Pennsylvania R. Co. v. Jacoby & Co.
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242 U.S. 89 (1916)
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U.S. Supreme Court
Pennsylvania R. Co. v. Jacoby & Co., 242 U.S. 89 (1916)
Pennsylvania Railroad Company v. W. F. Jacoby & Company
Argued October 20, 1915
Affirmed by divided Court November 15, 1915
Restored to docket for reargument December 20, 1915
Reargued October 23, 24, 1916
Decided December 4, 1916
242 U.S. 89
In an action against a carrier to enforce an award made by the Interstate Commerce Commission for damages arising from discrimination in allotments of coal cars, plaintiffs, to prove the damage suffered, relied on the prima facie case made by the findings and orders of the Commission; the defendant introduced a tabulated statement of car allotments and percentages which had been introduced in evidence before the Commission by the plaintiffs, and which, when compared with the findings, justified most strongly, if it did not compel, a deduction that, in fixing the damages awarded, the Commission, by misapplying percentages given in the statement, had followed a legally erroneous method of computation, and so had arrived at a legally erroneous result.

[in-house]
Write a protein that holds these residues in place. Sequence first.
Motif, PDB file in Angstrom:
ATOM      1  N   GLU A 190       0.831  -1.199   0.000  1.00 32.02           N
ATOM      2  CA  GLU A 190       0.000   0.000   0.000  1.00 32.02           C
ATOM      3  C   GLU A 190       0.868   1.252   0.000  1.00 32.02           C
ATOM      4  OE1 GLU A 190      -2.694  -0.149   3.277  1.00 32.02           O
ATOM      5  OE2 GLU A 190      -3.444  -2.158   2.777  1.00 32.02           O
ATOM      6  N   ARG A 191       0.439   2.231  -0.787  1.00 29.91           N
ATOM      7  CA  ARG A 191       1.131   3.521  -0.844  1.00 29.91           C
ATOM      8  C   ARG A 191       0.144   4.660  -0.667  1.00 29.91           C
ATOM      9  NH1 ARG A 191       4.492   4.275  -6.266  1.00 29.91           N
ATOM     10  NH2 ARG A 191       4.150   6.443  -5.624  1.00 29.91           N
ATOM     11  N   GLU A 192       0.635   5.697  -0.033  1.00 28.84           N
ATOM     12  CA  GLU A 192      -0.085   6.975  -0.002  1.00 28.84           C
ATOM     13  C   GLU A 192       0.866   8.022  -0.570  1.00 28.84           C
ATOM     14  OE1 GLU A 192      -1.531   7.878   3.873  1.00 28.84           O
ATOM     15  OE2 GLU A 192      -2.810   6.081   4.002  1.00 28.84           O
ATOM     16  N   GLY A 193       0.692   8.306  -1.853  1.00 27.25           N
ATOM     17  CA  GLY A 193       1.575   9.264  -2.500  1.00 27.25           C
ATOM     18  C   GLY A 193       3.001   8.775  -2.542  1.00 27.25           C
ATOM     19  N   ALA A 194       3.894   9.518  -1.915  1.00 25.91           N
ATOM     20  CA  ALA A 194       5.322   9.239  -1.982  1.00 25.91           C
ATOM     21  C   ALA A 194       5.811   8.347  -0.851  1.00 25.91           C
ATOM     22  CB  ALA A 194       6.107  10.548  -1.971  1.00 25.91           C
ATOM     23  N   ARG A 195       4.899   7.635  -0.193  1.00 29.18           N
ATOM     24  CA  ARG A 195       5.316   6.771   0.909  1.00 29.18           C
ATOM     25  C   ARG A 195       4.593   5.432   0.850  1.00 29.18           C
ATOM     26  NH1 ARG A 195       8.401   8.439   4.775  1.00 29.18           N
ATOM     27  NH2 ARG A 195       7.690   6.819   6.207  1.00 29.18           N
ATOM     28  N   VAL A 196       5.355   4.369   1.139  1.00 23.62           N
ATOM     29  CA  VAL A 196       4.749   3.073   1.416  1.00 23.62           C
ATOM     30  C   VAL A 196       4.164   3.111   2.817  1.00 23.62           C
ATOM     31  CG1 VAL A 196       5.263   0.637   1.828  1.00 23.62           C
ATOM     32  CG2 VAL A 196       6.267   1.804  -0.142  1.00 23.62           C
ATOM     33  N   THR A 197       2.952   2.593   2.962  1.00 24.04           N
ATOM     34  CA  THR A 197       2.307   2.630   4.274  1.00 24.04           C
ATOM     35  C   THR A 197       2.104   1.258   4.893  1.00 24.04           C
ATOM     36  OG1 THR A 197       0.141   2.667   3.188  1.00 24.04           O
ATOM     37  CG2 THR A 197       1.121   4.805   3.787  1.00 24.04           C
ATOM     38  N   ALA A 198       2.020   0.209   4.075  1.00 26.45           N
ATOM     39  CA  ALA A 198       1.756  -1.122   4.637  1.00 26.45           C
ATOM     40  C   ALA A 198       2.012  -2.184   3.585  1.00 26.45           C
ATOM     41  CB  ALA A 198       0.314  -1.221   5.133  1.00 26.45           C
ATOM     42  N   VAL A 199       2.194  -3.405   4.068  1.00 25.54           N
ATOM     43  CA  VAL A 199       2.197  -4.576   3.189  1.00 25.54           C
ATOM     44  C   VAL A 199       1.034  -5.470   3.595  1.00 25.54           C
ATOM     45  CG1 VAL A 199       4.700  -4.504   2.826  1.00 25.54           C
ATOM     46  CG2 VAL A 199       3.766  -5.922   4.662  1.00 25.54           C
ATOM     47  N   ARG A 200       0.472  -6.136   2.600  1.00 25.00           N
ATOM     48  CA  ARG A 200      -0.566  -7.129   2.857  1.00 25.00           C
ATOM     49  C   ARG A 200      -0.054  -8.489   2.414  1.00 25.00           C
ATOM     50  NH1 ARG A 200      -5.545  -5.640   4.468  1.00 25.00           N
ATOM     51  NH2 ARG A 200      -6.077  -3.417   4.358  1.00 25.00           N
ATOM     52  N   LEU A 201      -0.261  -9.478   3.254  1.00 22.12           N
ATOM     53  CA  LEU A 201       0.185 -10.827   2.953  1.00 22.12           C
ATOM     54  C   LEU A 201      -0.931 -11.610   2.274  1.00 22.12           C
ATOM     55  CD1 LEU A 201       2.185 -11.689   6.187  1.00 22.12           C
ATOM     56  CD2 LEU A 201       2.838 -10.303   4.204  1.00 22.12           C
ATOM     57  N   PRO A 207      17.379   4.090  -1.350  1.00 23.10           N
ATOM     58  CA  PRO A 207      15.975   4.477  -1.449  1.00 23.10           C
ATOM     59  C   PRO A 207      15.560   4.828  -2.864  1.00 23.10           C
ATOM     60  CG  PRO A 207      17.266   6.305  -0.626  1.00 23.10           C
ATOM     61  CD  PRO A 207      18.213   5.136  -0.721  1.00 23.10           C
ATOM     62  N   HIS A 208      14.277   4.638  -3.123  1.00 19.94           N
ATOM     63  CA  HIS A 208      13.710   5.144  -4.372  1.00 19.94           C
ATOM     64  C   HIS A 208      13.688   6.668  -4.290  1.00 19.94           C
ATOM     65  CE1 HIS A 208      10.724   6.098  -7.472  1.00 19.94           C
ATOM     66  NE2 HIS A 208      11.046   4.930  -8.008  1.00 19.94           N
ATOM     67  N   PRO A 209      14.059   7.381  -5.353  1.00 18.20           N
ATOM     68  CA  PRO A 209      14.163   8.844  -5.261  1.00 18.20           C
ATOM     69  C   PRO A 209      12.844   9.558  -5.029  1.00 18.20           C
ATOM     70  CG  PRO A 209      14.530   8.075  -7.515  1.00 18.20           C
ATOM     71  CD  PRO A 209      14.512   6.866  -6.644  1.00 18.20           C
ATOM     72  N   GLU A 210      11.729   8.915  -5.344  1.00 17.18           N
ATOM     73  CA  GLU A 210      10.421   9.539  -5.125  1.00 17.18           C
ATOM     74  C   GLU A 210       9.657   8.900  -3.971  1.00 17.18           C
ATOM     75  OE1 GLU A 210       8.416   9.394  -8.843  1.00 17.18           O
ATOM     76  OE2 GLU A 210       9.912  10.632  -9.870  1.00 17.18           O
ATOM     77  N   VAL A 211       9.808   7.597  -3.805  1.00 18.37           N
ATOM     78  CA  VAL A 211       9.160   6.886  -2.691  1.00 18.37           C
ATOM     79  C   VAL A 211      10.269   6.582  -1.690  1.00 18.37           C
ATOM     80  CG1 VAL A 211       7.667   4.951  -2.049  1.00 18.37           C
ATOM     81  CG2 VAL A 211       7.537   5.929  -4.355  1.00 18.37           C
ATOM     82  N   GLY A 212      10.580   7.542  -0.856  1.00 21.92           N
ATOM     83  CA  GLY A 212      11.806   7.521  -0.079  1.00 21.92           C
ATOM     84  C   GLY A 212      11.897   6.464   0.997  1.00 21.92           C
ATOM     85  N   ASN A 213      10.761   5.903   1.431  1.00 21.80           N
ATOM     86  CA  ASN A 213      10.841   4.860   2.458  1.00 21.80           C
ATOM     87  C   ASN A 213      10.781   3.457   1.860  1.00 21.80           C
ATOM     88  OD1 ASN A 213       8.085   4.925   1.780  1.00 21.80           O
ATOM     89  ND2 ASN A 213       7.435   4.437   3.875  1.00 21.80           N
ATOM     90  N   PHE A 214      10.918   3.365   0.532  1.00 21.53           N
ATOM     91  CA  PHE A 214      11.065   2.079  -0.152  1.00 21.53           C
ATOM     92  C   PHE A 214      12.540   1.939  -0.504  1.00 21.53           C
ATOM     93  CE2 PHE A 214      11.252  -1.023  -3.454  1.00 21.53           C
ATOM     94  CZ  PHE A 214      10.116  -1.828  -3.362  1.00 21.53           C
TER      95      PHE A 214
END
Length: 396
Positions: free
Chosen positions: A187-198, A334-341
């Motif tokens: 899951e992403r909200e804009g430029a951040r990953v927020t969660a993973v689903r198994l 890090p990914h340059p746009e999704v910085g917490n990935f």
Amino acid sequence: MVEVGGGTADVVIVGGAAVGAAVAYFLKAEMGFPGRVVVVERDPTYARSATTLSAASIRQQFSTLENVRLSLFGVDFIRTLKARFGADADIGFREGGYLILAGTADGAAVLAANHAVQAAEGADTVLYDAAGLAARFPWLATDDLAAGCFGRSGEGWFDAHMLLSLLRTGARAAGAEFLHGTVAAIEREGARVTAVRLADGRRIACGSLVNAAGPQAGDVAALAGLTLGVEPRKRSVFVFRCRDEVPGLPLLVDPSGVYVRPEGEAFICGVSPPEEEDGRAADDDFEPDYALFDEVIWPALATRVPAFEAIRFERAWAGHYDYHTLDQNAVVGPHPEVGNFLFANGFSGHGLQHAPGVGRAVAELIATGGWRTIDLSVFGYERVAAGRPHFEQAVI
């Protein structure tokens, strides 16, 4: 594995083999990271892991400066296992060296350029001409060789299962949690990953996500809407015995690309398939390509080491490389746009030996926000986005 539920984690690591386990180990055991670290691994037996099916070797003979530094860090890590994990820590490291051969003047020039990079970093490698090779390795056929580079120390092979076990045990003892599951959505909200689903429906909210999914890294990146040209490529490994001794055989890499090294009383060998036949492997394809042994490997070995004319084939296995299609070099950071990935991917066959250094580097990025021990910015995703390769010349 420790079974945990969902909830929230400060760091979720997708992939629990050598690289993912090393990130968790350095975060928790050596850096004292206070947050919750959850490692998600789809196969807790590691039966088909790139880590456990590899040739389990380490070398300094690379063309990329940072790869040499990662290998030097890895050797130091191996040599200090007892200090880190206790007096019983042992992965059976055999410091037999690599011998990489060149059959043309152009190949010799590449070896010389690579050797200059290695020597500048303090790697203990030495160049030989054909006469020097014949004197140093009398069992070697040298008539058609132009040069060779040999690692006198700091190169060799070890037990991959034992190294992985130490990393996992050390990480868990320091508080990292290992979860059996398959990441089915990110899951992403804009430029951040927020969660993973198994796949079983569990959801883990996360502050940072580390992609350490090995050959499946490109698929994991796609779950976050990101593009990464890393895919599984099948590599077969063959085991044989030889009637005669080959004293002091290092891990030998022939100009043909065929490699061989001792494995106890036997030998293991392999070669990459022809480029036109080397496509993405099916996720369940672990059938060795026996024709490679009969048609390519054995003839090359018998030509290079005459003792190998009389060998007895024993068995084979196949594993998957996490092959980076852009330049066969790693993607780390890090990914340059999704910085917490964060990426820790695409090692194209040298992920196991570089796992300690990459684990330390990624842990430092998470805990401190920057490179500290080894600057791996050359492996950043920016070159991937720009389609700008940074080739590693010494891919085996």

(1) That the tabulated statement, and oral testimony comparing it mathematically with figures stated in the findings, were competent evidence, tending to overcome the prima facie force of the Commission's orders.
(2) That the defendant was entitled to a specific instruction to the effect that, if the jury found such erroneous method of computation was the one actually employed by the Commission, the award was erroneous and the plaintiffs not entitled to recover.
(3) That, under the circumstances, the fact that the evidence before the Commission was not all before the court would not justify a controlling presumption that the award was properly arrived at on competent proofs.
(4) That the error was not cured by divers general instructions which are stated in the opinion.
In computing damages resulting from discrimination by a carrier in car allotments, it is error to assume that the complaining shipper should have received cars in the same ratio to shipping requirements
as was allowed his favored competitor in the making of the discrimination.
The award should be based on the damages actually resulting from the discrimination.
The case is stated in the opinion.